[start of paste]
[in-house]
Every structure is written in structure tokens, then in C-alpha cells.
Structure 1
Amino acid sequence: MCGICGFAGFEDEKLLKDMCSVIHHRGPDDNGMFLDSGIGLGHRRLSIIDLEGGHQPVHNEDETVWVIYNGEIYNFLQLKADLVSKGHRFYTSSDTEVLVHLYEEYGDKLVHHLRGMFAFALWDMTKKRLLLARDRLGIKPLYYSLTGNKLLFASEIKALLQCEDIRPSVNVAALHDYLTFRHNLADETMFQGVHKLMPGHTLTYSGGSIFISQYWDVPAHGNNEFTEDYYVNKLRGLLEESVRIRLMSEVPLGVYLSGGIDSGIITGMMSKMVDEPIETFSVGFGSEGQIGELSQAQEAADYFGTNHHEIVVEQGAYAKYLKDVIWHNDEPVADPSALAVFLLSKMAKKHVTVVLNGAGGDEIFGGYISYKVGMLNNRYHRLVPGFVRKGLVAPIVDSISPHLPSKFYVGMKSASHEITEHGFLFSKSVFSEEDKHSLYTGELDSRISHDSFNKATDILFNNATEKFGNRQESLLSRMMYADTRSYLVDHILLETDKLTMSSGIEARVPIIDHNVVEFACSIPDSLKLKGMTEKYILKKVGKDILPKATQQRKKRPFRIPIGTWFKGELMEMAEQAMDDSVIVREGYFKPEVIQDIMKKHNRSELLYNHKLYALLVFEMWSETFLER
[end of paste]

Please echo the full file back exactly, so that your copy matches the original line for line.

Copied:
[in-house]
Every structure is written in structure tokens, then in C-alpha cells.
Structure 1
Amino acid sequence: MCGICGFAGFEDEKLLKDMCSVIHHRGPDDNGMFLDSGIGLGHRRLSIIDLEGGHQPVHNEDETVWVIYNGEIYNFLQLKADLVSKGHRFYTSSDTEVLVHLYEEYGDKLVHHLRGMFAFALWDMTKKRLLLARDRLGIKPLYYSLTGNKLLFASEIKALLQCEDIRPSVNVAALHDYLTFRHNLADETMFQGVHKLMPGHTLTYSGGSIFISQYWDVPAHGNNEFTEDYYVNKLRGLLEESVRIRLMSEVPLGVYLSGGIDSGIITGMMSKMVDEPIETFSVGFGSEGQIGELSQAQEAADYFGTNHHEIVVEQGAYAKYLKDVIWHNDEPVADPSALAVFLLSKMAKKHVTVVLNGAGGDEIFGGYISYKVGMLNNRYHRLVPGFVRKGLVAPIVDSISPHLPSKFYVGMKSASHEITEHGFLFSKSVFSEEDKHSLYTGELDSRISHDSFNKATDILFNNATEKFGNRQESLLSRMMYADTRSYLVDHILLETDKLTMSSGIEARVPIIDHNVVEFACSIPDSLKLKGMTEKYILKKVGKDILPKATQQRKKRPFRIPIGTWFKGELMEMAEQAMDDSVIVREGYFKPEVIQDIMKKHNRSELLYNHKLYALLVFEMWSETFLER